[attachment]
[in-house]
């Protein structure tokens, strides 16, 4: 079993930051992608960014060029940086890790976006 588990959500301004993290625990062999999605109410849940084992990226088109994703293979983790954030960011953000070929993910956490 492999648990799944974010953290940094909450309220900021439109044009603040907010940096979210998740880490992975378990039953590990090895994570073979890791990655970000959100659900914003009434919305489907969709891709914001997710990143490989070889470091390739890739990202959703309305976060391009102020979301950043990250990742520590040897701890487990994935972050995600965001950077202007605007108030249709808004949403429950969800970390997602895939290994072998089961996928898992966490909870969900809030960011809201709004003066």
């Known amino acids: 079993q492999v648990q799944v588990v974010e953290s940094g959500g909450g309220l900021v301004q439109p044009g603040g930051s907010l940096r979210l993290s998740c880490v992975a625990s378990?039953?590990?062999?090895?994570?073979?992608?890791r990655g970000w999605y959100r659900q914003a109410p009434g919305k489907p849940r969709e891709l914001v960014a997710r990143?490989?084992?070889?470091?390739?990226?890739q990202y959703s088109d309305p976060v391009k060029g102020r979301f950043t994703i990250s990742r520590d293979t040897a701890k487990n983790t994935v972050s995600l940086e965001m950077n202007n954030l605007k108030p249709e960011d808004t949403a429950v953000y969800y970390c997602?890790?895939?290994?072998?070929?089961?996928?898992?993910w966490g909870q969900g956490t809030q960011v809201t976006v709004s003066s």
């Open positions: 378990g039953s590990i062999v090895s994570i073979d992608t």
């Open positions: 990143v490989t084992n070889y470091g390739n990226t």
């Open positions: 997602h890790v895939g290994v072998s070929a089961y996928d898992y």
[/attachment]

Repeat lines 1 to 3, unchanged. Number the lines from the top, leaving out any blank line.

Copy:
[in-house]
């Protein structure tokens, strides 16, 4: 079993930051992608960014060029940086890790976006 588990959500301004993290625990062999999605109410849940084992990226088109994703293979983790954030960011953000070929993910956490 492999648990799944974010953290940094909450309220900021439109044009603040907010940096979210998740880490992975378990039953590990090895994570073979890791990655970000959100659900914003009434919305489907969709891709914001997710990143490989070889470091390739890739990202959703309305976060391009102020979301950043990250990742520590040897701890487990994935972050995600965001950077202007605007108030249709808004949403429950969800970390997602895939290994072998089961996928898992966490909870969900809030960011809201709004003066």
């Known amino acids: 079993q492999v648990q799944v588990v974010e953290s940094g959500g909450g309220l900021v301004q439109p044009g603040g930051s907010l940096r979210l993290s998740c880490v992975a625990s378990?039953?590990?062999?090895?994570?073979?992608?890791r990655g970000w999605y959100r659900q914003a109410p009434g919305k489907p849940r969709e891709l914001v960014a997710r990143?490989?084992?070889?470091?390739?990226?890739q990202y959703s088109d309305p976060v391009k060029g102020r979301f950043t994703i990250s990742r520590d293979t040897a701890k487990n983790t994935v972050s995600l940086e965001m950077n202007n954030l605007k108030p249709e960011d808004t949403a429950v953000y969800y970390c997602?890790?895939?290994?072998?070929?089961?996928?898992?993910w966490g909870q969900g956490t809030q960011v809201t976006v709004s003066s």